The argument that a college athletic scholarship is an equal quid pro quo for a college education has been utilized since athletic scholarships were approved by the NCAA in 1950’s. My colleague makes one point that is totally accurate – a college graduate can in fact make a great deal more money over a lifetime when compared to non-graduates. However, the remainder of the author’s points are half-truths and in reality just plain falsehoods. For instance, a “full athletic scholarships” do not provide a “free” education (as it does not cover all costs incurred from matriculation to graduation. In many cases, the university does not live up to its end of the bargain of providing an education; as evidenced by the dismal number in the graduation rates, especially among African Americans. Furthermore, the athletic scholarship is only a one-year (renewable) agreement that can be terminated by the coach or university in any given year for any reason.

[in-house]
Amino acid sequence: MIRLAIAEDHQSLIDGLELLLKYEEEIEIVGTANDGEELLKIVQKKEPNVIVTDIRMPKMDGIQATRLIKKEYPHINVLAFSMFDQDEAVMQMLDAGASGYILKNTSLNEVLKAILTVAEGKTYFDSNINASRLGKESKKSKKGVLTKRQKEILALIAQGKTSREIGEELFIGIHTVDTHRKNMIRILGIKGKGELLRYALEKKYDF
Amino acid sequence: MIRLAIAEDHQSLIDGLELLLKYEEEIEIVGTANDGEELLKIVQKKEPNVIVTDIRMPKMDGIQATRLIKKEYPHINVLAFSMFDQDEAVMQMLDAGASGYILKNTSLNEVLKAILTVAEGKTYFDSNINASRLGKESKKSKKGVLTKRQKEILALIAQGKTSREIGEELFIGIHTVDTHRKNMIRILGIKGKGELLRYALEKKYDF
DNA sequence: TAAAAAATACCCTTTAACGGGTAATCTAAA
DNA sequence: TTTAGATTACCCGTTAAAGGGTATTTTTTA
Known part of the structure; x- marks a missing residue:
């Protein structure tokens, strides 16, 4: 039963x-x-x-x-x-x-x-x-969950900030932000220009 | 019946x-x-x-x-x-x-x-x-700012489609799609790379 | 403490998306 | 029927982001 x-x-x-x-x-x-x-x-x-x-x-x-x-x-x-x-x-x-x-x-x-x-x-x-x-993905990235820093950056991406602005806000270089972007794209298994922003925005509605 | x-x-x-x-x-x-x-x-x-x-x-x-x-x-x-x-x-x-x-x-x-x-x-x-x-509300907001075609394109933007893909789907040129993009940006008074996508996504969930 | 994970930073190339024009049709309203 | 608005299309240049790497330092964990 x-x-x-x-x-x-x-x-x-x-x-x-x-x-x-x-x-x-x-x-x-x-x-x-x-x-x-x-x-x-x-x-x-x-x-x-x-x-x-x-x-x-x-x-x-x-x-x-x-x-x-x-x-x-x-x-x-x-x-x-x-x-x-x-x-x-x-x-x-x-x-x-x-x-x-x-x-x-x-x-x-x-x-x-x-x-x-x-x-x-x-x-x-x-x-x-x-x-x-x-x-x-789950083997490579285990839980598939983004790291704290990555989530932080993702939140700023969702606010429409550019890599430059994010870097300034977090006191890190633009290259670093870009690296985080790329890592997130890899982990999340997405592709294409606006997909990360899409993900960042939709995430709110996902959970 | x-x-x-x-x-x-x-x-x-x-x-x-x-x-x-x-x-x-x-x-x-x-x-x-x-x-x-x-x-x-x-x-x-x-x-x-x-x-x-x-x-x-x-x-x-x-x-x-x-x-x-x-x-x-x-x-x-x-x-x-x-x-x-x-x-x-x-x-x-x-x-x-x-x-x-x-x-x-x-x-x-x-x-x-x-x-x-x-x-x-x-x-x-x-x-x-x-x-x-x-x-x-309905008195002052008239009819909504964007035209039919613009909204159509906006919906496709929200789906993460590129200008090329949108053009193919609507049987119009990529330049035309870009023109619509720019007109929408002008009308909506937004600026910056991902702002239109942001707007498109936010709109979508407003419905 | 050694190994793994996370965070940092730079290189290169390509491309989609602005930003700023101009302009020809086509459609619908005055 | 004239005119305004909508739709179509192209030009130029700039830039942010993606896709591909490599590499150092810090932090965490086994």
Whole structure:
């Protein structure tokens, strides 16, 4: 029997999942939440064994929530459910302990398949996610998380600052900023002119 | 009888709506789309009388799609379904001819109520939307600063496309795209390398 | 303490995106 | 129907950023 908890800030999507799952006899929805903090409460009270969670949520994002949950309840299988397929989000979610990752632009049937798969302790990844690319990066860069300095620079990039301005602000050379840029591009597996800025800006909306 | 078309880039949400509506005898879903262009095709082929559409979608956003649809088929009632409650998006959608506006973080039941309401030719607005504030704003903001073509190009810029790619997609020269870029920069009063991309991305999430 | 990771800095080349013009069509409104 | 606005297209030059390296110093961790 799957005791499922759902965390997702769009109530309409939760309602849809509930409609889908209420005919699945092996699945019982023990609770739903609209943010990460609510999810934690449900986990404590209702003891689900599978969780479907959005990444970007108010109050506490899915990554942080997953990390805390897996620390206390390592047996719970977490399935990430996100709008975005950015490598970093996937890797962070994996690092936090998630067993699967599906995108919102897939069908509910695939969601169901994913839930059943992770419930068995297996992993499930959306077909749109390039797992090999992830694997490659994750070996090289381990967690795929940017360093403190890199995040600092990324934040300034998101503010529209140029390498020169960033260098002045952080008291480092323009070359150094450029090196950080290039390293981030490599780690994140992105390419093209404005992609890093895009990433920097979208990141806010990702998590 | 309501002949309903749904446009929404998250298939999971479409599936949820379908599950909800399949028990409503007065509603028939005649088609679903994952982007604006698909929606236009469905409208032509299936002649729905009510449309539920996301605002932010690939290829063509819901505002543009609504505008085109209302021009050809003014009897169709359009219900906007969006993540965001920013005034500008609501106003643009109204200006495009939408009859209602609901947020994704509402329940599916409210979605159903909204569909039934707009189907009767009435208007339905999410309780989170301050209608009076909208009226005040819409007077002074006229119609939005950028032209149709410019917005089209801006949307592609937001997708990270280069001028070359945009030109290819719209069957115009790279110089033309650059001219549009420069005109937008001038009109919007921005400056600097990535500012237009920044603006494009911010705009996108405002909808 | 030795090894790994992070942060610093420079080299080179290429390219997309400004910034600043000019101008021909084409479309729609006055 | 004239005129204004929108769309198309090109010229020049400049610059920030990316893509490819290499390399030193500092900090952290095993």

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OUR REPLY: Confusion with a flag of surrender would be very logical. See earlier on this page.
Hope to hear from you soon,
Mark, JoAnn and the rest of the team at J&M Systems